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Why Many Struggle Paying Medical Bills despite Having Health Insurance

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Many face problems paying medical bills despite having health insurance.  The primary reasons are excessive out-of-pocket costs and uncovered services. Out-of-pocket expenses are the shared portion of the cost of covered benefits that policyholders are expected to pay for the medical services they receive.

Failure to be able to meet one’s cost-sharing portion of covered benefits can be due to illness(s) requiring paying medical billsextensive utilization of health benefits or selection of the wrong insurance plan. Uncovered services on the other hand are the result of not knowing the exclusions, not complying with the terms of a policy, or obtaining care outside of a network.

According to a study conducted by NerdWallet Health, medical bills are the number one cause of bankruptcies in the United States with almost 2 million people expected to have filed in 2013. Besides bankruptcy, the personal finance website estimated that 56 million adults between the ages of 19 and 64 would struggle with bills related to health care. It predicted that of that number 10 million would be adults with year-round health insurance. A follow-up report by the website reported that the crisis is worsening and that Americans pay three times more in third-party collections for medical debt than for bank and credit card debt combined.

The financial difficulties many with health coverage experience are unavoidable because of chronic illnesses or injuries that are expensive to treat. Some have difficulty paying for the out-of-pocket costs though because they chose insurance plans with deductibles, coinsurance, and/or copayments that were too high, in order to lower their premiums.

The problem caused by obtaining out-of-network care is particularly troublesome and is oftentimes surprising. The reason is not just because deductibles, copayments and coinsurance for out-of-network care are higher – sometimes as much as four times higher. But in addition, out-of-network cost sharing doesn’t count toward the network deductible and vice versa.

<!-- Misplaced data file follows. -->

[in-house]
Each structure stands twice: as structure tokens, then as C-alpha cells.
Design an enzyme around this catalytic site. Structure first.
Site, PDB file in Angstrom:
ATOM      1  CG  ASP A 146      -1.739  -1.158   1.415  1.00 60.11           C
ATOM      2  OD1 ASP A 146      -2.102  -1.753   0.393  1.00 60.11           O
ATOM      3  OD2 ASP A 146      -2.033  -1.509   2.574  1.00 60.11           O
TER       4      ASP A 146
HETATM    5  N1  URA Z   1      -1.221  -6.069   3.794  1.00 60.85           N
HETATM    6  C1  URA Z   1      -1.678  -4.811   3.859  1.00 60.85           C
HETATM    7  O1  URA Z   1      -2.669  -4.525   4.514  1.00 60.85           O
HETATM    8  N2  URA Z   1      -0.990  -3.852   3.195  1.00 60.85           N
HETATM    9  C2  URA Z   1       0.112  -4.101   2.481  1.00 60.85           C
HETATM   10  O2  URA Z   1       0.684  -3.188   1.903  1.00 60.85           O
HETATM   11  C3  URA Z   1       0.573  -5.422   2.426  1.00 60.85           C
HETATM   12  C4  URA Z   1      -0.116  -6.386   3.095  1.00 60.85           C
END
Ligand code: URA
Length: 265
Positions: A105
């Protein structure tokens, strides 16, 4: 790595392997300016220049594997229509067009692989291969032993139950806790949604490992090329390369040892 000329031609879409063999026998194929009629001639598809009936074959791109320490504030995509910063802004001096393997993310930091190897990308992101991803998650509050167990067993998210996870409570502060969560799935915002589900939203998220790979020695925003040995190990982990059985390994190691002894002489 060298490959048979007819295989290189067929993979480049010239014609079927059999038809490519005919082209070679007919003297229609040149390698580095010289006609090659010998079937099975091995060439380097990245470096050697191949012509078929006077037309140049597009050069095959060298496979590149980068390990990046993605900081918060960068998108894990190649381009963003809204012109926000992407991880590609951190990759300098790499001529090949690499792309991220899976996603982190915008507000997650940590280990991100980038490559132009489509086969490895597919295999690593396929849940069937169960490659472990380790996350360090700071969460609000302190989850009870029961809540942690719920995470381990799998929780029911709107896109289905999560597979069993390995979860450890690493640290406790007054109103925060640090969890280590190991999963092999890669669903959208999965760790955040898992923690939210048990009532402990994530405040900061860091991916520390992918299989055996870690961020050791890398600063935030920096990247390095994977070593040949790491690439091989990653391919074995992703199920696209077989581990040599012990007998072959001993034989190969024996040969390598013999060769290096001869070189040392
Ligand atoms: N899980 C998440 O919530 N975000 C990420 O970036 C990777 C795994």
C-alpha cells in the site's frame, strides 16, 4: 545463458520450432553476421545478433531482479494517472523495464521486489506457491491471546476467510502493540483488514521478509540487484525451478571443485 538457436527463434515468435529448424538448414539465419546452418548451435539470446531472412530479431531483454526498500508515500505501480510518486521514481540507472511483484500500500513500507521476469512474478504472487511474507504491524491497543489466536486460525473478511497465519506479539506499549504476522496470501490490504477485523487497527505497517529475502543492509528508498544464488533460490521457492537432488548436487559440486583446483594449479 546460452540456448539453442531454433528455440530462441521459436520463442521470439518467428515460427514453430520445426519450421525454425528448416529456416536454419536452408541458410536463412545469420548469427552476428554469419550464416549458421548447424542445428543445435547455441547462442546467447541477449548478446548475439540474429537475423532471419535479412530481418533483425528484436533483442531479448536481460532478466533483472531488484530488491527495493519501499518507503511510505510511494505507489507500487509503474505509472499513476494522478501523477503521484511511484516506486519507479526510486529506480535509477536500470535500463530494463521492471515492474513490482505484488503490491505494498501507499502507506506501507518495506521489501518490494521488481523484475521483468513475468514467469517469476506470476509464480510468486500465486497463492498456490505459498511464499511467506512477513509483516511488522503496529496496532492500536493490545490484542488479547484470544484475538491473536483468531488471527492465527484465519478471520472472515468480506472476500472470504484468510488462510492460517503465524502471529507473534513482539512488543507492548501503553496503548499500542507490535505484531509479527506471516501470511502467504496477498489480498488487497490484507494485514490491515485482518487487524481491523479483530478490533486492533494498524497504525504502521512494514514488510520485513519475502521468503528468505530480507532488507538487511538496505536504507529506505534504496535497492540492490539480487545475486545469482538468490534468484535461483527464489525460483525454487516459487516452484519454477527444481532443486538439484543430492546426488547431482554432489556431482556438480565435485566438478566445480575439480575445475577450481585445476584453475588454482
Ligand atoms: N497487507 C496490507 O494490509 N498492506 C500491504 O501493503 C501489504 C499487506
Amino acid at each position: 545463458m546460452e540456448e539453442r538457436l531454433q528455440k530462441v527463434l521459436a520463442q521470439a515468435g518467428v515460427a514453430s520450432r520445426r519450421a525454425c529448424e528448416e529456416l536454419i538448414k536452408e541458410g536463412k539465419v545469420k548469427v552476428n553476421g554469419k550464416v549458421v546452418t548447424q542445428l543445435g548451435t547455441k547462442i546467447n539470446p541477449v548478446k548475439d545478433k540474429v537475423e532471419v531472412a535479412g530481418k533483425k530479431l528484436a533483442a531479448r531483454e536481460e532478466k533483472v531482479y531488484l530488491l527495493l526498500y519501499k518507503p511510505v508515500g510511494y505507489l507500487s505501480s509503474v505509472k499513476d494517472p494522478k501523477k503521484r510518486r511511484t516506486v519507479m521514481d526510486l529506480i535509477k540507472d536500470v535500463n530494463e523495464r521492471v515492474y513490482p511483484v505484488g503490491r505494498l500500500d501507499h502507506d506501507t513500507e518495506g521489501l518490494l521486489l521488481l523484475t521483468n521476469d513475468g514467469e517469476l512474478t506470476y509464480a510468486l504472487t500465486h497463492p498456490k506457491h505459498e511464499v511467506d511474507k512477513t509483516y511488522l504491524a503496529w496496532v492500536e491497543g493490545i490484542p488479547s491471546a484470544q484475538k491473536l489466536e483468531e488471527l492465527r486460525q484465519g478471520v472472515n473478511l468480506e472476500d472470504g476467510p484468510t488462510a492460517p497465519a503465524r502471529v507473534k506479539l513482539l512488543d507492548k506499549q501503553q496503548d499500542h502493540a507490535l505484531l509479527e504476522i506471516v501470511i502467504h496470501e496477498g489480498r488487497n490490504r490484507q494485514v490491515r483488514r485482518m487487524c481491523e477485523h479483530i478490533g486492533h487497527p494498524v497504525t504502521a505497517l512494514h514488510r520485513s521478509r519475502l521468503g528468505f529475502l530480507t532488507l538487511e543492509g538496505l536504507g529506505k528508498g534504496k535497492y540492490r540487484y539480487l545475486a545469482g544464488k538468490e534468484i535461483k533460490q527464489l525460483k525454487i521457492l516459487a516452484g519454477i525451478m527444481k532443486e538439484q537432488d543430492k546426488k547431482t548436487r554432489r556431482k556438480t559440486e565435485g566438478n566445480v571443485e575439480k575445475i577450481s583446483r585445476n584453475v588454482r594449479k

The real sticker shock with out-of-network-care though stems from the late realization that the provider discount does not apply to out-of-network providers. Therefore, they don’t have to write off any of their charges no matter how much they might be in excess of the allowed amount.

In most states doctors are not required to have the same charges for all patients. Therefore, it is not uncommon for their customary charges to be higher for patients covered by insurance plans which they don’t have contracts with or patients that don’t have insurance at all. Thus, if a provider is not willing to discount his customary charges for patients not covered by an insurance plan he or she has a contract with those patients can end up owing huge amounts of money far in excess of the maximum annual out-of-pocket expense set by the Affordable Care Act.

Although some doctors will discount their charges to such patients, other providers such as large hospitals that don’t have a personal relationship with the patient are not as likely to be so benevolent. In fact, some years ago, one large hospital published locally that the degree to which it would aggressively pursue outstanding debts for hospital bills depended upon whether not the debtor owned a house valued at $200,000 or more.

Arguments are waged, and rightfully so, that the Affordable Care Act is not a panacea for the problem of medical bankruptcies and will not cause filings to cease. Hopefully though, increased public education about health insurance and the provisions within the ACA will at least stem the tide.

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  1. Was any of this information new to you? If so, what in particular?

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